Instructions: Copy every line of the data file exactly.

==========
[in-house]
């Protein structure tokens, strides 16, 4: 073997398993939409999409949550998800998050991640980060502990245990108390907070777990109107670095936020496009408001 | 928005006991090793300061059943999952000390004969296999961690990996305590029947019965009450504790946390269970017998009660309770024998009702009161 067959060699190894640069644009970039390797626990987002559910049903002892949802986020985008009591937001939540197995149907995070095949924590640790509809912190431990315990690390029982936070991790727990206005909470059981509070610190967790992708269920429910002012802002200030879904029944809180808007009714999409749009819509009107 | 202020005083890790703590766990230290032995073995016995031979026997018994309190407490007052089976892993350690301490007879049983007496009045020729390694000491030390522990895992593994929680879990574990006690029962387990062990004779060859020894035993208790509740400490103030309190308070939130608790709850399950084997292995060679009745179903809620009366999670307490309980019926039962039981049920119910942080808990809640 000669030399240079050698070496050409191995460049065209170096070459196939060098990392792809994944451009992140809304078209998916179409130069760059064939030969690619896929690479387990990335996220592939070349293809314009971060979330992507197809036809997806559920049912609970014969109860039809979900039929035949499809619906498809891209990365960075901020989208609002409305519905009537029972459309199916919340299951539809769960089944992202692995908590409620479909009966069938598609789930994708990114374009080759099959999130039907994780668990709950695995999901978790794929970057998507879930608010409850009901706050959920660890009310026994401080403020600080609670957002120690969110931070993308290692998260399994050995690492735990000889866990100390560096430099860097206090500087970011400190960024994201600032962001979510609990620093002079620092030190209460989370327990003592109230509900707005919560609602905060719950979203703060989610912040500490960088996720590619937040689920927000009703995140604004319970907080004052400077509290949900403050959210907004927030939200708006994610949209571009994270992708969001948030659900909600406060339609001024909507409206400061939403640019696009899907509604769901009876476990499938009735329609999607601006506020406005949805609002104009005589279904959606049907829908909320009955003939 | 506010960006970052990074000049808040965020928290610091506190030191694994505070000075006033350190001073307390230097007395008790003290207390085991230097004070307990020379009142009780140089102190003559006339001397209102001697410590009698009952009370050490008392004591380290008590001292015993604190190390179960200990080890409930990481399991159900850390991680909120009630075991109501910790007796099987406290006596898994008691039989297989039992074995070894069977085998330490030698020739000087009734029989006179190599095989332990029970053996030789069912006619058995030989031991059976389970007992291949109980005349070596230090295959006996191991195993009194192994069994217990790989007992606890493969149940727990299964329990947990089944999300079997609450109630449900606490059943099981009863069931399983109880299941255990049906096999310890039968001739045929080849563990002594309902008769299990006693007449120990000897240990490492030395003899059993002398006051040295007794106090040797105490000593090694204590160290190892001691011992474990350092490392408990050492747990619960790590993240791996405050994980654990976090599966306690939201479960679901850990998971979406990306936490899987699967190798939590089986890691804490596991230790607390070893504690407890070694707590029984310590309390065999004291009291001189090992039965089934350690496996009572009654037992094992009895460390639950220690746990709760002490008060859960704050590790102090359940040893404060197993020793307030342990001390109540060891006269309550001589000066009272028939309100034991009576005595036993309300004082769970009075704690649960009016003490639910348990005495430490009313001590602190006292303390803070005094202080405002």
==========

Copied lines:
[in-house]
């Protein structure tokens, strides 16, 4: 073997398993939409999409949550998800998050991640980060502990245990108390907070777990109107670095936020496009408001 | 928005006991090793300061059943999952000390004969296999961690990996305590029947019965009450504790946390269970017998009660309770024998009702009161 067959060699190894640069644009970039390797626990987002559910049903002892949802986020985008009591937001939540197995149907995070095949924590640790509809912190431990315990690390029982936070991790727990206005909470059981509070610190967790992708269920429910002012802002200030879904029944809180808007009714999409749009819509009107 | 202020005083890790703590766990230290032995073995016995031979026997018994309190407490007052089976892993350690301490007879049983007496009045020729390694000491030390522990895992593994929680879990574990006690029962387990062990004779060859020894035993208790509740400490103030309190308070939130608790709850399950084997292995060679009745179903809620009366999670307490309980019926039962039981049920119910942080808990809640 000669030399240079050698070496050409191995460049065209170096070459196939060098990392792809994944451009992140809304078209998916179409130069760059064939030969690619896929690479387990990335996220592939070349293809314009971060979330992507197809036809997806559920049912609970014969109860039809979900039929035949499809619906498809891209990365960075901020989208609002409305519905009537029972459309199916919340299951539809769960089944992202692995908590409620479909009966069938598609789930994708990114374009080759099959999130039907994780668990709950695995999901978790794929970057998507879930608010409850009901706050959920660890009310026994401080403020600080609670957002120690969110931070993308290692998260399994050995690492735990000889866990100390560096430099860097206090500087970011400190960024994201600032962001979510609990620093002079620092030190209460989370327990003592109230509900707005919560609602905060719950979203703060989610912040500490960088996720590619937040689920927000009703995140604004319970907080004052400077509290949900403050959210907004927030939200708006994610949209571009994270992708969001948030659900909600406060339609001024909507409206400061939403640019696009899907509604769901009876476990499938009735329609999607601006506020406005949805609002104009005589279904959606049907829908909320009955003939 | 506010960006970052990074000049808040965020928290610091506190030191694994505070000075006033350190001073307390230097007395008790003290207390085991230097004070307990020379009142009780140089102190003559006339001397209102001697410590009698009952009370050490008392004591380290008590001292015993604190190390179960200990080890409930990481399991159900850390991680909120009630075991109501910790007796099987406290006596898994008691039989297989039992074995070894069977085998330490030698020739000087009734029989006179190599095989332990029970053996030789069912006619058995030989031991059976389970007992291949109980005349070596230090295959006996191991195993009194192994069994217990790989007992606890493969149940727990299964329990947990089944999300079997609450109630449900606490059943099981009863069931399983109880299941255990049906096999310890039968001739045929080849563990002594309902008769299990006693007449120990000897240990490492030395003899059993002398006051040295007794106090040797105490000593090694204590160290190892001691011992474990350092490392408990050492747990619960790590993240791996405050994980654990976090599966306690939201479960679901850990998971979406990306936490899987699967190798939590089986890691804490596991230790607390070893504690407890070694707590029984310590309390065999004291009291001189090992039965089934350690496996009572009654037992094992009895460390639950220690746990709760002490008060859960704050590790102090359940040893404060197993020793307030342990001390109540060891006269309550001589000066009272028939309100034991009576005595036993309300004082769970009075704690649960009016003490639910348990005495430490009313001590602190006292303390803070005094202080405002």